Restitutional Justice Balancing the rights of victims and the rehabilitation of the offender
Increasingly, citizens are feeling less secure about themselves and their property. Gang-related and drug-related crimes are on the increase in unbelievable proportions. Respect for private property is at an all-time low. Police action upon notification of theft is often limited to giving a file number over the phone so the injured party can at least file a claim with the insurance company and, after having paid the deductible get some sort of compensation.
Enormous amounts of money are allocated by governments in an attempt to curb theft and vandalism, especially by young people. We are reaping the results of decades of secular teaching so prevalent in our public schools and further promoted over the airwaves that “if it feels good, do it.” The Young Offenders Act excuses parents for failing to supervise the behaviour of their children, and excuses criminals, especially juvenile offenders, by placing the blame on events of their past. The sad reality is that often a background search confirms that the offender is him – or herself a victim – a victim of abuse and neglect.
In this vicious circle, the victim of crime is the big loser. In the process of finding excuses for the criminal, the courts give “slap on the wrist” sentences, and the victim of crime is forgotten. The trauma of having one's personal security or property violated receives little or no attention, let alone compensation.
In November 1992, the Vancouver Sun reported on a young offender who admitted he found it hard to believe that he did not serve more than a day in jail for as many as seven assault convictions throughout his teenage years. He finally got a longer spell in jail when, at the age of 17, he punched and kicked a man to death. The young offender said he “would have been more frightened of jail and might have tried harder to refrain from violence if he had received a tougher sentence when he first appeared before the courts for assault at age 14.”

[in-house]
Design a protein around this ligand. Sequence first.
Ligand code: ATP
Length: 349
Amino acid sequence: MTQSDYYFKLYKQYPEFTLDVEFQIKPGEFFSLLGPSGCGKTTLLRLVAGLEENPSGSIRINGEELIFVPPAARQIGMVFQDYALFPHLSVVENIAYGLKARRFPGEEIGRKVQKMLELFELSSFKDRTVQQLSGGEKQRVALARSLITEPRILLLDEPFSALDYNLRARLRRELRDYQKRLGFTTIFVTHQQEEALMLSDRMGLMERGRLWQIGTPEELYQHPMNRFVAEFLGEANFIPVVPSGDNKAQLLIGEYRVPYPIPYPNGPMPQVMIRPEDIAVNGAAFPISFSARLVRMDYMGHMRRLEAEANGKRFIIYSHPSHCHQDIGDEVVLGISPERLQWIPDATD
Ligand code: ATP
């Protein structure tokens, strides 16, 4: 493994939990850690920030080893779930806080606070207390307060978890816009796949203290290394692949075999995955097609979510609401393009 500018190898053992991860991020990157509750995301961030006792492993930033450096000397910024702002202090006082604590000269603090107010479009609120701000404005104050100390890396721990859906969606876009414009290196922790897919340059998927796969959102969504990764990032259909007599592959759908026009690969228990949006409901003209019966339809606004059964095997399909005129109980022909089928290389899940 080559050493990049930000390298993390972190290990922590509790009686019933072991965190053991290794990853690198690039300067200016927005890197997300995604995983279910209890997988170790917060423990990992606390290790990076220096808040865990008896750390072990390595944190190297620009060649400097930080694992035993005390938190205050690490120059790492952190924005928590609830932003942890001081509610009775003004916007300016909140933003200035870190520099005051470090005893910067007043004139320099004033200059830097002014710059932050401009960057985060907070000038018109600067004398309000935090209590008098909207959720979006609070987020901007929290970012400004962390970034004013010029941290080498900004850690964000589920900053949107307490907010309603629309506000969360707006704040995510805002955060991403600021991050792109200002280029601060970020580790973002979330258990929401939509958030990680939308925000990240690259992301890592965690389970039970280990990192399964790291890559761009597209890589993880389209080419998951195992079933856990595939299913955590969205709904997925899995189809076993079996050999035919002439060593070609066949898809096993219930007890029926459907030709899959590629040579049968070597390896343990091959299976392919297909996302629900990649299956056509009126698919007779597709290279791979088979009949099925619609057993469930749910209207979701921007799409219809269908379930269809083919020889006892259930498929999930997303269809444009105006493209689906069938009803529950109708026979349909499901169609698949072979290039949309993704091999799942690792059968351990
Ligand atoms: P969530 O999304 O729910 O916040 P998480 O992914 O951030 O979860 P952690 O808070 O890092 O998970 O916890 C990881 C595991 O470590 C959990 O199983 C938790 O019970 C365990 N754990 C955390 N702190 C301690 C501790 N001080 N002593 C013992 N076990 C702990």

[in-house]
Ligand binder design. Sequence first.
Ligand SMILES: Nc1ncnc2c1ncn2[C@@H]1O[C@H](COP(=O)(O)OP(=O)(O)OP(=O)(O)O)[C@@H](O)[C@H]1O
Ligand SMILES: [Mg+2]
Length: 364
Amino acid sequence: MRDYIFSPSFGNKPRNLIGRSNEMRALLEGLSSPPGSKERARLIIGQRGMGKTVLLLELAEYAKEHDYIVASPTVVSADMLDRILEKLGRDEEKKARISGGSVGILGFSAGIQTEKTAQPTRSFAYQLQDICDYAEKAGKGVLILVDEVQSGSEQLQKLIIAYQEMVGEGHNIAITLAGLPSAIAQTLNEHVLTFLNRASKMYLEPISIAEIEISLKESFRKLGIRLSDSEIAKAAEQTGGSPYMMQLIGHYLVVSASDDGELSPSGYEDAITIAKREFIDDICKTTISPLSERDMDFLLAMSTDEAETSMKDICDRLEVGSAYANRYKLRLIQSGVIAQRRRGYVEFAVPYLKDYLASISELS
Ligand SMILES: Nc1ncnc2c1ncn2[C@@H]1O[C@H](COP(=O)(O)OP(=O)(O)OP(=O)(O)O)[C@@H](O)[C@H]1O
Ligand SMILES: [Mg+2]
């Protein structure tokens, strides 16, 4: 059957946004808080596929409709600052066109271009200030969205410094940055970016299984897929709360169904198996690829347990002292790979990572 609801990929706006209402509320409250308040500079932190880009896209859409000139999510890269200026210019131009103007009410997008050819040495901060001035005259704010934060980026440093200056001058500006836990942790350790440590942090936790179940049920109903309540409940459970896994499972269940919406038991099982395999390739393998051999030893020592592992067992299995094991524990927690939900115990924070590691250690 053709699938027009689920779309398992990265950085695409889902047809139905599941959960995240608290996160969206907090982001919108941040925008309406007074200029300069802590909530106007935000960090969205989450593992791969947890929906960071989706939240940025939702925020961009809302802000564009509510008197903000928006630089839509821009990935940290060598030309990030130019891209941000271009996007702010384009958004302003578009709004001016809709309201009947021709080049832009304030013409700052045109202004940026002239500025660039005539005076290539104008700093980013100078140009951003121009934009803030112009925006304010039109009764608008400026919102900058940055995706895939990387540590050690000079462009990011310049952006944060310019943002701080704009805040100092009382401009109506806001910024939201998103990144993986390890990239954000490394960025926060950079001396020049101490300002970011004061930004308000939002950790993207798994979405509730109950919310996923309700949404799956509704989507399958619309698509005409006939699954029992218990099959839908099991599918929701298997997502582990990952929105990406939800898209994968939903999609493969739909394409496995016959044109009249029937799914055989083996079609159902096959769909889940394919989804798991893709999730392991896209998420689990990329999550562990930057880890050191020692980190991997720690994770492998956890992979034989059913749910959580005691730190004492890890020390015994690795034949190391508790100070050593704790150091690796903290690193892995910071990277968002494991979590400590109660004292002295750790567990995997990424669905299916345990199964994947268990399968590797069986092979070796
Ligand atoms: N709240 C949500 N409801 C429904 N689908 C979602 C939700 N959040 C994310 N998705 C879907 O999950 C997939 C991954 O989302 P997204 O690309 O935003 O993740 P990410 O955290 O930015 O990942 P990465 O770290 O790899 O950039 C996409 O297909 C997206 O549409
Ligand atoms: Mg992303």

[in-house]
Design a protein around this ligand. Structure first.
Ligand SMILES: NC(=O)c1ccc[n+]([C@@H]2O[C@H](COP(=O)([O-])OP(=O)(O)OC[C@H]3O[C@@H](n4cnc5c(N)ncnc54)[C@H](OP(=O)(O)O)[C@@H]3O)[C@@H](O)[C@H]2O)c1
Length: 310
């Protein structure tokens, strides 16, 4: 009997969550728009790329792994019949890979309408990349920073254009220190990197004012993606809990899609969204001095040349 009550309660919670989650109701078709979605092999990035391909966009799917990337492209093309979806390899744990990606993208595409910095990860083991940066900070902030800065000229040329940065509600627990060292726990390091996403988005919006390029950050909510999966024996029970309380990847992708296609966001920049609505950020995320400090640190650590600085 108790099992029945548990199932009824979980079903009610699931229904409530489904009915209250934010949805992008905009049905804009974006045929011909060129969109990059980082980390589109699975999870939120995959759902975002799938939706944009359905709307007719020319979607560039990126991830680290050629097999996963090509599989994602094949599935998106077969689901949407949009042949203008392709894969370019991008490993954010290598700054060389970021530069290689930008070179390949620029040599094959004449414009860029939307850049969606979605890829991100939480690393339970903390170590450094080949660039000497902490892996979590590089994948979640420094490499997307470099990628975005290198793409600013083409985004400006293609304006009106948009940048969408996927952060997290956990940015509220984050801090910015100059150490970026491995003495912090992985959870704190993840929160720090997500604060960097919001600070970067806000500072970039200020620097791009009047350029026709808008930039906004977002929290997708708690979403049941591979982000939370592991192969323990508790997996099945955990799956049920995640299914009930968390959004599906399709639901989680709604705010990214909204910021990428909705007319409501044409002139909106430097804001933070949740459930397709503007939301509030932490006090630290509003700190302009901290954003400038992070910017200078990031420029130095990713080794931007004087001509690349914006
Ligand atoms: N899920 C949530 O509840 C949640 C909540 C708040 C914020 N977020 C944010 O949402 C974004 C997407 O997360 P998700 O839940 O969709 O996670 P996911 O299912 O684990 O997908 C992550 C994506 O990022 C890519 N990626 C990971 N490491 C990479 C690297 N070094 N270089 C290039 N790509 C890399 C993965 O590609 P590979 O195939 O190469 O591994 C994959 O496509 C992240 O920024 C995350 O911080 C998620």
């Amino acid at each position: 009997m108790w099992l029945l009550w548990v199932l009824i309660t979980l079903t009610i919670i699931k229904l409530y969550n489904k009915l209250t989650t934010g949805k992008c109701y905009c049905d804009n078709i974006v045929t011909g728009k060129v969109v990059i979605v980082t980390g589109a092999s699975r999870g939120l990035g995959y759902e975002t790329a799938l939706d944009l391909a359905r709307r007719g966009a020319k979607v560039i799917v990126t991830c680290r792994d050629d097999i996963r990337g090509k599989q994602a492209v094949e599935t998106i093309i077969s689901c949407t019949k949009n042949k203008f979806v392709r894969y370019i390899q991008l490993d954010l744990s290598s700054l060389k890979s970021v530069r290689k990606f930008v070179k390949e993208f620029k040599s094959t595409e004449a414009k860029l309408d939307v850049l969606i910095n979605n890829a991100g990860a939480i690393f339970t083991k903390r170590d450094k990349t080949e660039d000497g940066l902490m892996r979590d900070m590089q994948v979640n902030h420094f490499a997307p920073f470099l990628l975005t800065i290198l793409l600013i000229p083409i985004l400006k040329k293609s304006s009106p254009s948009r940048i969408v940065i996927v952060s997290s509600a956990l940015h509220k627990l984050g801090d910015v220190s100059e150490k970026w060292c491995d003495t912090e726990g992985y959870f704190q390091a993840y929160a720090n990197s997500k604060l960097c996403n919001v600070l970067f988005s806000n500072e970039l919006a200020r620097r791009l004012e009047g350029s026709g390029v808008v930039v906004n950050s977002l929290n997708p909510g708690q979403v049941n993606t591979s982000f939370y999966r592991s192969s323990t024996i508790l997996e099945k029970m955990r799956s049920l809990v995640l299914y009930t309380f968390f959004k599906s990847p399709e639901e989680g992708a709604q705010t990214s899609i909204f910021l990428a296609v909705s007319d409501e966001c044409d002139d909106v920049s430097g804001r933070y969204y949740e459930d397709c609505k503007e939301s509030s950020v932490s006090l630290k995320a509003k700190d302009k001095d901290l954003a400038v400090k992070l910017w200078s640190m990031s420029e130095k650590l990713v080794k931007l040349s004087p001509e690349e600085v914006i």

What a tragedy lies behind a story such as this! Where were the parents to guide this boy? What happened to the seven victims of assault and the next-of-kin of the man beaten to death? No mention is made of a compensation for the victims. This prompts the question: is there not a better way to deal with crime, especially crimes of theft and vandalism? A more just way, providing a better balance of justice between the victim and the offender?
The Biblical way of dealing with crime insists on restitution for the victim for damage to person and property. In addition, emphasis is placed on the rehabilitation of the offender and restoration of the relationship broken by the offence. The Christian Heritage Party (CHP) has adopted policies which find their roots in divine law, and include these four vital elements of restitutional justice:
- Restitution is justice according to divine law.
- Restitution is based on the recognition of the right of ownership of property.
- Restitution restores broken relationships and incurred losses.
- Restitution is practical, effective and a proven deterrent.